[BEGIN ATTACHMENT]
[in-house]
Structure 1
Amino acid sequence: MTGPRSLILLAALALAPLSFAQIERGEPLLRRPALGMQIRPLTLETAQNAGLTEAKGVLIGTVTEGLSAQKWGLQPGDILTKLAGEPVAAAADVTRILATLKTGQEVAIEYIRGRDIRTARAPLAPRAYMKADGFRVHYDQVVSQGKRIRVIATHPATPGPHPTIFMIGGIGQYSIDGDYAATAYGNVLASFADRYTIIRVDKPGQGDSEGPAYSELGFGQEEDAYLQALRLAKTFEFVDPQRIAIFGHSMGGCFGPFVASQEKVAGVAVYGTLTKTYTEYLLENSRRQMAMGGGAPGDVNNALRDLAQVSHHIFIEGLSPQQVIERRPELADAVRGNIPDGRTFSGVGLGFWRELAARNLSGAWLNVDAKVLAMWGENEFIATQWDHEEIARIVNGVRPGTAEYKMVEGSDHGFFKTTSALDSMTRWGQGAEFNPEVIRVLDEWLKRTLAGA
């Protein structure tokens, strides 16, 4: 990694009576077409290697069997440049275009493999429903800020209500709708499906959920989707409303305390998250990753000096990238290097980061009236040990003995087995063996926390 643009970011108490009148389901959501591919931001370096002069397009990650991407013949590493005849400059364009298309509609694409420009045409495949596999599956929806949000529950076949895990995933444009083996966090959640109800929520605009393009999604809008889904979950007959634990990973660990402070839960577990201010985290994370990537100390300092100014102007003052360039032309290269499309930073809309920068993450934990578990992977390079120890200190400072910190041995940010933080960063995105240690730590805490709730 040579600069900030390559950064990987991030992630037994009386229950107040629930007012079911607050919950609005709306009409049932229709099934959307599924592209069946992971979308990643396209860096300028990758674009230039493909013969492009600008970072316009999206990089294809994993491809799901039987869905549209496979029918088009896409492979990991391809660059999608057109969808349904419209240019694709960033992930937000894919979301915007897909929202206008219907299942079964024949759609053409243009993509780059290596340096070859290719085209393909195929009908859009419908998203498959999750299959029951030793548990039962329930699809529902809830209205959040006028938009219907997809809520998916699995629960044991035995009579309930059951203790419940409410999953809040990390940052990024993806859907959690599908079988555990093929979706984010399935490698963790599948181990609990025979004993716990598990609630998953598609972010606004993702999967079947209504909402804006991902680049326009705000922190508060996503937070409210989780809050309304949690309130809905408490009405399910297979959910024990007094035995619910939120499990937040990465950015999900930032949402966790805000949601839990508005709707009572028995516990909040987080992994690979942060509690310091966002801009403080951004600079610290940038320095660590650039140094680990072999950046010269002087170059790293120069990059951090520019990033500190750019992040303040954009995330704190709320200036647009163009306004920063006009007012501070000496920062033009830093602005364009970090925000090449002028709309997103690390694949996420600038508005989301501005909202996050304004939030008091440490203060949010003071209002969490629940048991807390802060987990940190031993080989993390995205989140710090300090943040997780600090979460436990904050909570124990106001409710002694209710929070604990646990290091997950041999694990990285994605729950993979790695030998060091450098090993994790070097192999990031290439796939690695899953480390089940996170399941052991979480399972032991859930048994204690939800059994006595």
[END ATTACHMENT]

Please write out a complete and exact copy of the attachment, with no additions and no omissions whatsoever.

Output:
[in-house]
Structure 1
Amino acid sequence: MTGPRSLILLAALALAPLSFAQIERGEPLLRRPALGMQIRPLTLETAQNAGLTEAKGVLIGTVTEGLSAQKWGLQPGDILTKLAGEPVAAAADVTRILATLKTGQEVAIEYIRGRDIRTARAPLAPRAYMKADGFRVHYDQVVSQGKRIRVIATHPATPGPHPTIFMIGGIGQYSIDGDYAATAYGNVLASFADRYTIIRVDKPGQGDSEGPAYSELGFGQEEDAYLQALRLAKTFEFVDPQRIAIFGHSMGGCFGPFVASQEKVAGVAVYGTLTKTYTEYLLENSRRQMAMGGGAPGDVNNALRDLAQVSHHIFIEGLSPQQVIERRPELADAVRGNIPDGRTFSGVGLGFWRELAARNLSGAWLNVDAKVLAMWGENEFIATQWDHEEIARIVNGVRPGTAEYKMVEGSDHGFFKTTSALDSMTRWGQGAEFNPEVIRVLDEWLKRTLAGA
């Protein structure tokens, strides 16, 4: 990694009576077409290697069997440049275009493999429903800020209500709708499906959920989707409303305390998250990753000096990238290097980061009236040990003995087995063996926390 643009970011108490009148389901959501591919931001370096002069397009990650991407013949590493005849400059364009298309509609694409420009045409495949596999599956929806949000529950076949895990995933444009083996966090959640109800929520605009393009999604809008889904979950007959634990990973660990402070839960577990201010985290994370990537100390300092100014102007003052360039032309290269499309930073809309920068993450934990578990992977390079120890200190400072910190041995940010933080960063995105240690730590805490709730 040579600069900030390559950064990987991030992630037994009386229950107040629930007012079911607050919950609005709306009409049932229709099934959307599924592209069946992971979308990643396209860096300028990758674009230039493909013969492009600008970072316009999206990089294809994993491809799901039987869905549209496979029918088009896409492979990991391809660059999608057109969808349904419209240019694709960033992930937000894919979301915007897909929202206008219907299942079964024949759609053409243009993509780059290596340096070859290719085209393909195929009908859009419908998203498959999750299959029951030793548990039962329930699809529902809830209205959040006028938009219907997809809520998916699995629960044991035995009579309930059951203790419940409410999953809040990390940052990024993806859907959690599908079988555990093929979706984010399935490698963790599948181990609990025979004993716990598990609630998953598609972010606004993702999967079947209504909402804006991902680049326009705000922190508060996503937070409210989780809050309304949690309130809905408490009405399910297979959910024990007094035995619910939120499990937040990465950015999900930032949402966790805000949601839990508005709707009572028995516990909040987080992994690979942060509690310091966002801009403080951004600079610290940038320095660590650039140094680990072999950046010269002087170059790293120069990059951090520019990033500190750019992040303040954009995330704190709320200036647009163009306004920063006009007012501070000496920062033009830093602005364009970090925000090449002028709309997103690390694949996420600038508005989301501005909202996050304004939030008091440490203060949010003071209002969490629940048991807390802060987990940190031993080989993390995205989140710090300090943040997780600090979460436990904050909570124990106001409710002694209710929070604990646990290091997950041999694990990285994605729950993979790695030998060091450098090993994790070097192999990031290439796939690695899953480390089940996170399941052991979480399972032991859930048994204690939800059994006595």